How to Clean Your Showerhead (Trust Us, It Needs It)

·4-min read
Showerhead cleaning
Showerhead cleaning

There are some areas of the home that you just don't really think about cleaning often, and your showerhead in your bathroom might just be one of them. But in reality, this seemingly unimportant part of your shower needs to be cleaned just as often as the rest of the bathroom. Thanks to the warm dampness of a bathroom, your showerhead is actually a prime spot for mold growth, so it's important to stay on top of your cleaning routine.

Like most household objects, if you leave your showerhead unkempt for long periods of time, the cleaning process may take a little longer. Fortunately, tidying your showerhead is incredibly easy to do, no matter how long you've waited in between cleaning sessions. We spoke to some experts to get some tips for cleaning your showerhead, and why it's important to do so.

Why You Should Clean Your Showerhead

Cleaning your showerhead should be routine in your home. Without proper upkeep, not only does your showerhead eventually start to clog, but you might even see some mold growth over time. The clog comes from mineral deposits that are naturally found in your water. If you have hard water, there's a good chance a clog will happen even faster than a home with soft water. As your showerhead starts to clog, you'll notice less water pressure and an uneven stream, ruining your showering experience.

Mold growth on your showerhead can be equally as annoying. Mold can happen pretty much anywhere, but it won't grow unless it's moist, according to the EPA. The most common reaction to mold is an allergic one, though some molds can become toxic. Your entire shower is actually a risk for mold growth, which is why you should clean everything regularly, including your showerhead.

Is the Mold on a Showerhead Dangerous?

Though you may be inclined to think that a dirty showerhead could affect your skin, especially if there's mold present, it's highly unlikely that that will happen. "I did a literature search and only found possible skin infection with Pseudomonas aeruginosa, which has been found in showerhead biofilms," says dermatologist and "Beyond Soap" author Sandy Skotnicki, MD, FRCPC. "These bacteria can cause ear and eye infections, but it is extremely rare."

Dr. Skotnicki also notes that in extreme cases where showerheads have a lot of mold or grime, people should be more concerned about it affecting their lungs rather than their skin. "In patients with existing lung disease or those extremely immunocompromised, this type of chronic lung infection is possible from dirty showerheads," Dr. Skotnicki says.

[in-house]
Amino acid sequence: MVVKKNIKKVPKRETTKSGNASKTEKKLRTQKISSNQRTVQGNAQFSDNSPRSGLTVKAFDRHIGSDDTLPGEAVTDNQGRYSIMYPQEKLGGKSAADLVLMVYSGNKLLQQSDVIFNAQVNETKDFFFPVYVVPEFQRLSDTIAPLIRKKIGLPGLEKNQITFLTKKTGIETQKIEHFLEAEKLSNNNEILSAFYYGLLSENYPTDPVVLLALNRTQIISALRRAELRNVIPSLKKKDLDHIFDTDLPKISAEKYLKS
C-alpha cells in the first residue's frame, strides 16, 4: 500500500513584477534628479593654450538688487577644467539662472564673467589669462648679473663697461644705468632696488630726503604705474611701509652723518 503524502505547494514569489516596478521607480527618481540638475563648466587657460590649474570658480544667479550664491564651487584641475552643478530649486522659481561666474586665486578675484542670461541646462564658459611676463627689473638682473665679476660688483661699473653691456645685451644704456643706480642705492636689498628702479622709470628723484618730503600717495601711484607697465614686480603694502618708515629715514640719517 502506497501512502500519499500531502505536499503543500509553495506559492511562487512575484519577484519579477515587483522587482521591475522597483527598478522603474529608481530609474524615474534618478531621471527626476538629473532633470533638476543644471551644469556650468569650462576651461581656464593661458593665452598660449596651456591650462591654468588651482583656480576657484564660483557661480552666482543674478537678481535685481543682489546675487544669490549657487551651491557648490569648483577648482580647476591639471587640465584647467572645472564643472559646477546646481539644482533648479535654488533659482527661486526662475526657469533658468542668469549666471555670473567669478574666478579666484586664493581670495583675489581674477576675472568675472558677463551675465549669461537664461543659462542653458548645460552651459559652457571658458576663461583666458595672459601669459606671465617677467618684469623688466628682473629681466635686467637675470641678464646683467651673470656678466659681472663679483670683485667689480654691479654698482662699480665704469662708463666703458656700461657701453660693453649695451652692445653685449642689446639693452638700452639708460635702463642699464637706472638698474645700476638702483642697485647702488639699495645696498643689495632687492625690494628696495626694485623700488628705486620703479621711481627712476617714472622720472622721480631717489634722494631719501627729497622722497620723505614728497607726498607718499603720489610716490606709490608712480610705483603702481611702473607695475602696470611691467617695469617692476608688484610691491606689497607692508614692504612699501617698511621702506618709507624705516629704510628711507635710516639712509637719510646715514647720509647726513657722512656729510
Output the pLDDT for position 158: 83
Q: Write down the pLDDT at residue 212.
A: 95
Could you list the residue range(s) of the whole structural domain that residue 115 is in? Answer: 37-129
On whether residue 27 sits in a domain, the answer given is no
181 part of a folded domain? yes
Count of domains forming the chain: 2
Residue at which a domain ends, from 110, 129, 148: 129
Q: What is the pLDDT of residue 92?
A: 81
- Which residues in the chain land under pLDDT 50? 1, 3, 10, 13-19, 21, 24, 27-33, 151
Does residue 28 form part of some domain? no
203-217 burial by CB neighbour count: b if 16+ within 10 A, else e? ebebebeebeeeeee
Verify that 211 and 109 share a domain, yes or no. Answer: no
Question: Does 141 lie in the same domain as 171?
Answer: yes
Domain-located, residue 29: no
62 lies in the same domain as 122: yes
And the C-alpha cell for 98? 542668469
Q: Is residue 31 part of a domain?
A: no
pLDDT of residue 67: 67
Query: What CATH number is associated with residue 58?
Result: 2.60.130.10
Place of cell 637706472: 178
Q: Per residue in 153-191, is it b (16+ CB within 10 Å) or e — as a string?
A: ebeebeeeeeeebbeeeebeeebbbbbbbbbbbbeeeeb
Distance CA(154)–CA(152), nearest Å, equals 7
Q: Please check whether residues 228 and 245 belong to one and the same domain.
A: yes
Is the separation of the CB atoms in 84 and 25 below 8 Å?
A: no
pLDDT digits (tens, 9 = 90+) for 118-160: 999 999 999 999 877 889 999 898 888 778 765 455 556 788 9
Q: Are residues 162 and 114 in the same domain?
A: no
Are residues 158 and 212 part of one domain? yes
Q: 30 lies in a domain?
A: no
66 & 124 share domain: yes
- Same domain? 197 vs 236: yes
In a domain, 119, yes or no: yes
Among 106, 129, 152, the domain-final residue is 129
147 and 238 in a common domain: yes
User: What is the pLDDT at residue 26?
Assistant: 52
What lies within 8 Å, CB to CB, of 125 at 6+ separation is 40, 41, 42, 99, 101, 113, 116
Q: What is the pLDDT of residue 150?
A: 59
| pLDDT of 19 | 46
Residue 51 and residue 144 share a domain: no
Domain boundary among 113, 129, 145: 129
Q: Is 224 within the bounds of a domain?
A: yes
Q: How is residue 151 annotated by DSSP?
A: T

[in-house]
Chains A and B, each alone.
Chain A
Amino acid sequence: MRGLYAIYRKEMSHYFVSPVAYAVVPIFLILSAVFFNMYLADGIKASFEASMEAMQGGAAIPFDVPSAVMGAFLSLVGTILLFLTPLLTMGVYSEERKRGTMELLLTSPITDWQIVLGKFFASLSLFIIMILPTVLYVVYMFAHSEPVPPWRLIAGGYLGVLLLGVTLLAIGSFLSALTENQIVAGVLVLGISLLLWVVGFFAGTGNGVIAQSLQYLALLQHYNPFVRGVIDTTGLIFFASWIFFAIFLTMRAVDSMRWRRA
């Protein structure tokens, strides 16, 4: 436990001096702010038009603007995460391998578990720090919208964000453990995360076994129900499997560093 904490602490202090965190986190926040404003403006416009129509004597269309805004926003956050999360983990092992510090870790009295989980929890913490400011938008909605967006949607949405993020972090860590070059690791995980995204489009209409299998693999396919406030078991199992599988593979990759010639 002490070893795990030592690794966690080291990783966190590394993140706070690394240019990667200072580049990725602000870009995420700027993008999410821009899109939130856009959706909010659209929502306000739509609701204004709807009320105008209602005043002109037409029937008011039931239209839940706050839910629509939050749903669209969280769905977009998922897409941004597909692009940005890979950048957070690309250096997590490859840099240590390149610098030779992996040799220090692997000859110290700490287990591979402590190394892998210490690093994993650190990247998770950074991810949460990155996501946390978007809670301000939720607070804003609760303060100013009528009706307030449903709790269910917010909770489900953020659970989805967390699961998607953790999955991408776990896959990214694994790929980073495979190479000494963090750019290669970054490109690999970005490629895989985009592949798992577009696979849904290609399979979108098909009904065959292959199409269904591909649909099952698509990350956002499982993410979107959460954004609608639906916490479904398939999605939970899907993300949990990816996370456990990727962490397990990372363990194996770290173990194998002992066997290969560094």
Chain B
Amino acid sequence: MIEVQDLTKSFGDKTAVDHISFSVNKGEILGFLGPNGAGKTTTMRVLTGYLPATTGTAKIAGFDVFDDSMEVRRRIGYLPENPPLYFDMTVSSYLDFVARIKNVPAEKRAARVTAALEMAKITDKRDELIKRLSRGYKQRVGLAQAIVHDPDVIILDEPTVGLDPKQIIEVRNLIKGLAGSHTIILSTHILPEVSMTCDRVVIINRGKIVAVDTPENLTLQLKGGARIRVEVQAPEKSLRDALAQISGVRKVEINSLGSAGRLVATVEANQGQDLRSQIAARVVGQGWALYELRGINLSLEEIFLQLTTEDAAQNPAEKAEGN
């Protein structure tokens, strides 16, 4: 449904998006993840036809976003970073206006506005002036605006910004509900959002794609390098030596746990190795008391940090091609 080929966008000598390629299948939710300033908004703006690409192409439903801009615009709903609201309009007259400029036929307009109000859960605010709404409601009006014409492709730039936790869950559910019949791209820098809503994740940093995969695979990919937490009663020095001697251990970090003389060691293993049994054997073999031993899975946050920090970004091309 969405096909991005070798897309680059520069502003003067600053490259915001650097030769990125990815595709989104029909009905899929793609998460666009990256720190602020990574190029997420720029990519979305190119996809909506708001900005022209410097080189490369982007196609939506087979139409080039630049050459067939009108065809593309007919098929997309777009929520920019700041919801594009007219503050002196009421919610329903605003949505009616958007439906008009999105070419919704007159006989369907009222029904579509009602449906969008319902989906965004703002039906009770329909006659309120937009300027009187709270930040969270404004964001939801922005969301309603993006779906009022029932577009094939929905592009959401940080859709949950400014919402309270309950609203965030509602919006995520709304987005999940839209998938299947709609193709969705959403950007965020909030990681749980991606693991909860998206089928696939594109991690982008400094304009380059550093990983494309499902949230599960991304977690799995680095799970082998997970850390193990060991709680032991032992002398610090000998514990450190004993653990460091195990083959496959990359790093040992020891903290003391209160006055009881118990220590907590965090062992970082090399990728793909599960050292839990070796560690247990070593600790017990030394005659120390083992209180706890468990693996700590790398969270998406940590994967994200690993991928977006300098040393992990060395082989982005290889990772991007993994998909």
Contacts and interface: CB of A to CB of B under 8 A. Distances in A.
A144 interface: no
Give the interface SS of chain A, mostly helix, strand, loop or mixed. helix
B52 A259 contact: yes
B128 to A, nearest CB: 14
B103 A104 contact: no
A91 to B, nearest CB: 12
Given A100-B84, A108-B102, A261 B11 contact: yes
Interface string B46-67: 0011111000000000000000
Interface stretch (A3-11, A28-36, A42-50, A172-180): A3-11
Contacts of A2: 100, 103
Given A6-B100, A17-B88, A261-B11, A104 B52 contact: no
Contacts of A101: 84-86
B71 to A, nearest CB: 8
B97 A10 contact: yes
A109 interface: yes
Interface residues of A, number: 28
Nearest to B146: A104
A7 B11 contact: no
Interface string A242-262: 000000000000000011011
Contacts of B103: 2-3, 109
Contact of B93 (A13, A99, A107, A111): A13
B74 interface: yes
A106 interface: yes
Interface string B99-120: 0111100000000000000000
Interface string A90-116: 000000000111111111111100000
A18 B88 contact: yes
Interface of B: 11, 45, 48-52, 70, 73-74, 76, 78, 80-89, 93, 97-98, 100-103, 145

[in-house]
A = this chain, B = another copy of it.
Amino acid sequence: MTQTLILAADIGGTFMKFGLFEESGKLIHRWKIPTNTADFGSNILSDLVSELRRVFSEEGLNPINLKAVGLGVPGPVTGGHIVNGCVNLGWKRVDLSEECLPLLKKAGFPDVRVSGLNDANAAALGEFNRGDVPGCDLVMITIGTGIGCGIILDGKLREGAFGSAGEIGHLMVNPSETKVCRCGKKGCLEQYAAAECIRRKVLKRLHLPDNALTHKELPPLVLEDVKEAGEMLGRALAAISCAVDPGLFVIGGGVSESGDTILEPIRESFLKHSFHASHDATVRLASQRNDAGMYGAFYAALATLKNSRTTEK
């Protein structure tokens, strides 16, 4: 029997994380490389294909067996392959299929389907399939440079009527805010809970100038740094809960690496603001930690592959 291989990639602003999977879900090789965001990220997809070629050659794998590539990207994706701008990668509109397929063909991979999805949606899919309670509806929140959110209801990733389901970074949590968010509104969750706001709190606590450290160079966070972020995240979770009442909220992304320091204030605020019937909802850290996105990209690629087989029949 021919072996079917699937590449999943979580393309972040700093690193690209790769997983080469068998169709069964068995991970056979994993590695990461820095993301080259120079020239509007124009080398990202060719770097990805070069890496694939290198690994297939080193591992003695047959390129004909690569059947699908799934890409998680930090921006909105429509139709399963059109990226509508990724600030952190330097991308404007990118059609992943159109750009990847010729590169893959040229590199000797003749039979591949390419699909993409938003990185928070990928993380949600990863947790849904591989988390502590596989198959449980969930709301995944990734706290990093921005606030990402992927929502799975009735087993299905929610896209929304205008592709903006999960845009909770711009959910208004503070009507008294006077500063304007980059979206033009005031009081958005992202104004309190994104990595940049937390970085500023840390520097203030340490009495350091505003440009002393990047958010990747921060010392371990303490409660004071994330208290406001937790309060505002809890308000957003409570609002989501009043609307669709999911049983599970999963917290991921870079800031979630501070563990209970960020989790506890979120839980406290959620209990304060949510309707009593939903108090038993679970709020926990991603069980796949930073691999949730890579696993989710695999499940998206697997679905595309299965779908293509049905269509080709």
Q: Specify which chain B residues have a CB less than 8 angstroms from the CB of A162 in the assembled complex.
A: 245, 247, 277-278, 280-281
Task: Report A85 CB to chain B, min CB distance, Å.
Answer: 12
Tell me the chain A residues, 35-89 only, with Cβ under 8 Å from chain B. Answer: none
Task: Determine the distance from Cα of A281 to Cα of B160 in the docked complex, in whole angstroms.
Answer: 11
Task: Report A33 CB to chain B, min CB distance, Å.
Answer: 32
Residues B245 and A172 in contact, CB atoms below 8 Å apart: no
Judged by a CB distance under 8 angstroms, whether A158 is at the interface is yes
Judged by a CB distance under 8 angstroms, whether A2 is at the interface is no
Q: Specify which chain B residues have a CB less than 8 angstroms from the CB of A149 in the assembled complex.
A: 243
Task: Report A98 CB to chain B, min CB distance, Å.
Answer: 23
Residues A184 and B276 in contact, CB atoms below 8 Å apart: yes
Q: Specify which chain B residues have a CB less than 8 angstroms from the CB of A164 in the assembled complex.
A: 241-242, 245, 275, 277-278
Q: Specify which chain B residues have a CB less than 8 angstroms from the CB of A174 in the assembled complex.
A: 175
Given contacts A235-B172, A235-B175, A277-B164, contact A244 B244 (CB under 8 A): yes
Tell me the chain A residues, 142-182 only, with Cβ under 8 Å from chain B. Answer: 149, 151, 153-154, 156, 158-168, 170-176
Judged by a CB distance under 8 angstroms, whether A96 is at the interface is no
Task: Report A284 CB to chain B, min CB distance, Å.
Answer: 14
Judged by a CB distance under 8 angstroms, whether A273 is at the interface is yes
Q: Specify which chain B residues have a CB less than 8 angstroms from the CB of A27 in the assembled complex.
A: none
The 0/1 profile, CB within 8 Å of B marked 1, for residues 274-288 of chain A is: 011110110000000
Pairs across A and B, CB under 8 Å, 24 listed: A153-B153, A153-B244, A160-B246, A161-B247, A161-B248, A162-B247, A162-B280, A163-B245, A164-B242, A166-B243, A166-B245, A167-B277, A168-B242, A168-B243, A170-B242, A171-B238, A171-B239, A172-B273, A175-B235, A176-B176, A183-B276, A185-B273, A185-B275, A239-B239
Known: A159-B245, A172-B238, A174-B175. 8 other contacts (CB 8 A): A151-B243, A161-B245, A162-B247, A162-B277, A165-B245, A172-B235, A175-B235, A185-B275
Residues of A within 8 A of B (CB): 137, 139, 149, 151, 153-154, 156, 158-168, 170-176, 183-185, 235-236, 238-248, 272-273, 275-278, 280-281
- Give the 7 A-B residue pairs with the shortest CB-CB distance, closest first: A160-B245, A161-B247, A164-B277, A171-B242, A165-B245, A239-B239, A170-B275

How to Clean a Showerhead With Vinegar

Using vinegar to clean your showerhead is one of the easiest and cheapest ways to do it. "The most effective way to remove soap scum, calcium buildup, and general grime from a showerhead is to use a ziplock bag," says Adriana Aziz of Australia-based cleaning service Maid For You. "In a ziplock bag, mix a solution of vinegar, baking soda, and dishwashing liquid. Use a rubber band to secure the bag around the showerhead for 15 to 20 minutes. Once the time has elapsed, remove the ziplock bag from the showerhead and scrub using a soft brush."

Aziz notes, though, that this method is best for chrome showerheads. If your bathroom has a showerhead made of something else, like plastic, check the manufacturer's instructions first before using this cleaning method, as other materials might not react well to this mixture.

How to Clean a Showerhead With Lime-A-Way

Lime-A-Way is specifically designed to get rid of hard water buildup and stains. If your home has hard water, this may be a better option for cleaning your whole shower, including your showerhead. "If DIY cleaning doesn't excite you, you can use a calcium cleaning product like Lime-A-Way, which removes limescale, calcium, and rust, and you won't need to go through all the effort of creating a homemade cleaning solution in a ziplock bag," Aziz says.

It's recommended to follow the instructions on the Lime-A-Way bottle when cleaning your showerhead. Typically, though, you'd apply the solution on your showerhead and allow it to sit for a minute before rinsing it off. As with any cleaning method, this should be done frequently so as to prevent buildup or mold. Once per month is ideal.

Should You Use Bleach to Clean a Showerhead?

In some instances, bleach can be used to get rid of mold. The CDC recommends using no more than one cup of bleach per one gallon of water. However, it's important to take extreme caution when using bleach. You definitely shouldn't mix bleach with ammonia, as this creates a toxic fume. Additionally, be sure to have a window open and use gloves to prevent any breathing and skin irritation. When you're done cleaning, make sure the bleach is completely removed from the showerhead before the next time you use it, as any remains can irritate your skin and eyes while you take a shower.

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